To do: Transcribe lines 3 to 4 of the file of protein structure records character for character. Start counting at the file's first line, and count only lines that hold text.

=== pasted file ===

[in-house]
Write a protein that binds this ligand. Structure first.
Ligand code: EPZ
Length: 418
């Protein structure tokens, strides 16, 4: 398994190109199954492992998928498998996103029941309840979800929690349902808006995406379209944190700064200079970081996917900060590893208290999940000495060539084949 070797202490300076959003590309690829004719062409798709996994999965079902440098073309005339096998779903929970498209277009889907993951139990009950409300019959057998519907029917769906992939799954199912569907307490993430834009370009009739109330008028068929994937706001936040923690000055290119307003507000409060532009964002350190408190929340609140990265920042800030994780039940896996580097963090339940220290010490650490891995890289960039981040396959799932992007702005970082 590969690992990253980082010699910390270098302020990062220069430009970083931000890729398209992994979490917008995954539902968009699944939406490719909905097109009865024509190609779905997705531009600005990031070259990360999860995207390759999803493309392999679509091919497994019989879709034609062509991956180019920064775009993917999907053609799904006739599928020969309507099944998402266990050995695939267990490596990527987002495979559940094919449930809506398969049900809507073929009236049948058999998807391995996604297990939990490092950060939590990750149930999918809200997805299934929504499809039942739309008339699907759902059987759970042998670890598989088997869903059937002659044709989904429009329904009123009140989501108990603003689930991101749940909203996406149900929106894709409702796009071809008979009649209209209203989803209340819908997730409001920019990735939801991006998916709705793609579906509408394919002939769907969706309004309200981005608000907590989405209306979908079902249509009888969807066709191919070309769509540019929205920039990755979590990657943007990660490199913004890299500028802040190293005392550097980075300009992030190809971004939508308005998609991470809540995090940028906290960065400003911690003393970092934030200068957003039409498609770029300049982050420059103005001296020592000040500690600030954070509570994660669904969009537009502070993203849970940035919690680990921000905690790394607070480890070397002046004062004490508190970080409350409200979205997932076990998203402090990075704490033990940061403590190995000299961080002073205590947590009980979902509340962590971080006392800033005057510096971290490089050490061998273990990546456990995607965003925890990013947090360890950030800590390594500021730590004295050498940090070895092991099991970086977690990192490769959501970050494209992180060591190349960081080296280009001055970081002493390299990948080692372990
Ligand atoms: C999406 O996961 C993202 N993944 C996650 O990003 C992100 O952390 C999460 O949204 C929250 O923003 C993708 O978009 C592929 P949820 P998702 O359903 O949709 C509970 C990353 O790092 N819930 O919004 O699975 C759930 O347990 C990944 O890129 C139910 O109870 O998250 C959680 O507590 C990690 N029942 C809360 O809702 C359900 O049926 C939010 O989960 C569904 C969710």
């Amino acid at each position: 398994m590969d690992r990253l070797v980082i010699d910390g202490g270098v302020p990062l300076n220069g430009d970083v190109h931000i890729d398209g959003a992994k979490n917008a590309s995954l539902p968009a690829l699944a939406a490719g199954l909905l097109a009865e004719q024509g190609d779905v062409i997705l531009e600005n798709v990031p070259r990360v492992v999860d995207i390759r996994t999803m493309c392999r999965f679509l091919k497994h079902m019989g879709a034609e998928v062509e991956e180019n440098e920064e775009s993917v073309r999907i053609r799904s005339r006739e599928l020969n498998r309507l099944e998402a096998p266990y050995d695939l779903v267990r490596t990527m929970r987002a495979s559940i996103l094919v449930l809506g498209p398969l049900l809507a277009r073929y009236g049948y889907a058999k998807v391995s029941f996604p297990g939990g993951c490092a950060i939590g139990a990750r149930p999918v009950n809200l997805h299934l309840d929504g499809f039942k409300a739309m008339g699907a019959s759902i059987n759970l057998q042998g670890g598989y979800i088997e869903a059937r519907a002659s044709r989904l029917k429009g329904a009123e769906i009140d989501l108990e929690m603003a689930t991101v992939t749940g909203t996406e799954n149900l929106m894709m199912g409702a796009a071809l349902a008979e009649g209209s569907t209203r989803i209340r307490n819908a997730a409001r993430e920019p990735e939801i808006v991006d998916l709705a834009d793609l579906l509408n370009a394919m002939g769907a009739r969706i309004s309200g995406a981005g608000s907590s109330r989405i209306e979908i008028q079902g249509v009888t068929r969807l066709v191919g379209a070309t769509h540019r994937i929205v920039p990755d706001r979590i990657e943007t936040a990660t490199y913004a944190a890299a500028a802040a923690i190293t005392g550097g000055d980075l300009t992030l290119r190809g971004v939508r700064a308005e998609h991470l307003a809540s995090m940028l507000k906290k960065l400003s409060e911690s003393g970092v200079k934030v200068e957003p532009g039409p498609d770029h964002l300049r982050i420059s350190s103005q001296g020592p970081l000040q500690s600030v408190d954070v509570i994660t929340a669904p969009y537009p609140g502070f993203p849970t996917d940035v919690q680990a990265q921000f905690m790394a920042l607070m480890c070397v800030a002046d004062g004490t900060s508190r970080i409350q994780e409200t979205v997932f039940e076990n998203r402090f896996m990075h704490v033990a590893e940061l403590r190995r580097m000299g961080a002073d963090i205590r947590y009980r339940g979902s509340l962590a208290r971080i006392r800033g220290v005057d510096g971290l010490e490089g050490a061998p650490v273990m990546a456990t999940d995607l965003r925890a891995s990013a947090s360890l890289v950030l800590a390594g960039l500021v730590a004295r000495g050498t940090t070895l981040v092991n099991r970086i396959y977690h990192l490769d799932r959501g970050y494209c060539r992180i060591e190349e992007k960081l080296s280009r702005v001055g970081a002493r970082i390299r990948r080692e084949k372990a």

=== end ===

Ligand code: EPZ
Length: 418